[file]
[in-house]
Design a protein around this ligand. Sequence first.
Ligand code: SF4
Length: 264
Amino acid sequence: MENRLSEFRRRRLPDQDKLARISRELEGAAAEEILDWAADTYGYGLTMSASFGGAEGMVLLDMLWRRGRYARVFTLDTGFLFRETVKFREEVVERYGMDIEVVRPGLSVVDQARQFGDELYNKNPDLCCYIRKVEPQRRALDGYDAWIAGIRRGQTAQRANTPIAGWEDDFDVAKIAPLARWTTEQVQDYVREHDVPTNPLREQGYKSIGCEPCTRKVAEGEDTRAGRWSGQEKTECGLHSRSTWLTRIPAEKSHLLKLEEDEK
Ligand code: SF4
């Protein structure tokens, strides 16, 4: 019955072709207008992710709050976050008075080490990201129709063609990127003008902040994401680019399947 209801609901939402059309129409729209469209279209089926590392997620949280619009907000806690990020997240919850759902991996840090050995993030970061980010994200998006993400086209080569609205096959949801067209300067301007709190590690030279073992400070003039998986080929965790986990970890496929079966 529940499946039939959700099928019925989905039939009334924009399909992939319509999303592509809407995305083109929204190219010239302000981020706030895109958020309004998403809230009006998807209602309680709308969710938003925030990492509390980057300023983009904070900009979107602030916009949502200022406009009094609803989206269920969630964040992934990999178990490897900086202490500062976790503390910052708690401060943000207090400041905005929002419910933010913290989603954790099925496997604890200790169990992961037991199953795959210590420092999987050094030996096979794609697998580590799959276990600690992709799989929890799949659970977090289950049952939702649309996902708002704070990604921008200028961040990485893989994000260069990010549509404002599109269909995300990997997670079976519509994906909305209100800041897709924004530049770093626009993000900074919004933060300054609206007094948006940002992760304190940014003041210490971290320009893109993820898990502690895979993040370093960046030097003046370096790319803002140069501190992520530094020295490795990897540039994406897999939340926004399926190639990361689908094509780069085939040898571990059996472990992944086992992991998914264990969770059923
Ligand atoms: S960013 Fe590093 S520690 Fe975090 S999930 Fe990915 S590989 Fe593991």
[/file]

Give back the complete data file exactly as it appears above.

[in-house]
Design a protein around this ligand. Sequence first.
Ligand code: SF4
Length: 264
Amino acid sequence: MENRLSEFRRRRLPDQDKLARISRELEGAAAEEILDWAADTYGYGLTMSASFGGAEGMVLLDMLWRRGRYARVFTLDTGFLFRETVKFREEVVERYGMDIEVVRPGLSVVDQARQFGDELYNKNPDLCCYIRKVEPQRRALDGYDAWIAGIRRGQTAQRANTPIAGWEDDFDVAKIAPLARWTTEQVQDYVREHDVPTNPLREQGYKSIGCEPCTRKVAEGEDTRAGRWSGQEKTECGLHSRSTWLTRIPAEKSHLLKLEEDEK
Ligand code: SF4
């Protein structure tokens, strides 16, 4: 019955072709207008992710709050976050008075080490990201129709063609990127003008902040994401680019399947 209801609901939402059309129409729209469209279209089926590392997620949280619009907000806690990020997240919850759902991996840090050995993030970061980010994200998006993400086209080569609205096959949801067209300067301007709190590690030279073992400070003039998986080929965790986990970890496929079966 529940499946039939959700099928019925989905039939009334924009399909992939319509999303592509809407995305083109929204190219010239302000981020706030895109958020309004998403809230009006998807209602309680709308969710938003925030990492509390980057300023983009904070900009979107602030916009949502200022406009009094609803989206269920969630964040992934990999178990490897900086202490500062976790503390910052708690401060943000207090400041905005929002419910933010913290989603954790099925496997604890200790169990992961037991199953795959210590420092999987050094030996096979794609697998580590799959276990600690992709799989929890799949659970977090289950049952939702649309996902708002704070990604921008200028961040990485893989994000260069990010549509404002599109269909995300990997997670079976519509994906909305209100800041897709924004530049770093626009993000900074919004933060300054609206007094948006940002992760304190940014003041210490971290320009893109993820898990502690895979993040370093960046030097003046370096790319803002140069501190992520530094020295490795990897540039994406897999939340926004399926190639990361689908094509780069085939040898571990059996472990992944086992992991998914264990969770059923
Ligand atoms: S960013 Fe590093 S520690 Fe975090 S999930 Fe990915 S590989 Fe593991």